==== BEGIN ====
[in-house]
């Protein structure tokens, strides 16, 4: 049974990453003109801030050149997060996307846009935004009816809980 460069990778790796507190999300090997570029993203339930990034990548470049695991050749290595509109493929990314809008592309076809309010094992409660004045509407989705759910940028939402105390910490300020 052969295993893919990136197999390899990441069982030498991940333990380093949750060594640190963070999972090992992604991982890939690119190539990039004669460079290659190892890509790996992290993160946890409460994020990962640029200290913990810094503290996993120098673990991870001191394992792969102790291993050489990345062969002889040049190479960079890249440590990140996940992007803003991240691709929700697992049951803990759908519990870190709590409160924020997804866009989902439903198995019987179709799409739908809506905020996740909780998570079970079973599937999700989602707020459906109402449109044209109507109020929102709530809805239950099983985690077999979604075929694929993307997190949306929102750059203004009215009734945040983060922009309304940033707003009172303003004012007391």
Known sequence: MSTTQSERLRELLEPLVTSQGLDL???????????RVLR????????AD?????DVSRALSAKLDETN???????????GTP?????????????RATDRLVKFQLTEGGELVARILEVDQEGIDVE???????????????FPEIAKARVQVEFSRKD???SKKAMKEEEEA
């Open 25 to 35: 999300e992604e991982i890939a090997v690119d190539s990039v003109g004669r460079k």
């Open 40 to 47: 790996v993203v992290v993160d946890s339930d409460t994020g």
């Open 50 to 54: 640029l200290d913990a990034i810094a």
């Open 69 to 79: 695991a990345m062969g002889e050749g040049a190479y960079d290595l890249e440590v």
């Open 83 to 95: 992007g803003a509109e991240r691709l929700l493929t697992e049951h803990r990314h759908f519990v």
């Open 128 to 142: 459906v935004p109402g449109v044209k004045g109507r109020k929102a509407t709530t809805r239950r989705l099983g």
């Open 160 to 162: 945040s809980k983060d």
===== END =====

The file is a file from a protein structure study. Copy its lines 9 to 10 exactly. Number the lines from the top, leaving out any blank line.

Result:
């Open 128 to 142: 459906v935004p109402g449109v044209k004045g109507r109020k929102a509407t709530t809805r239950r989705l099983g």
């Open 160 to 162: 945040s809980k983060d």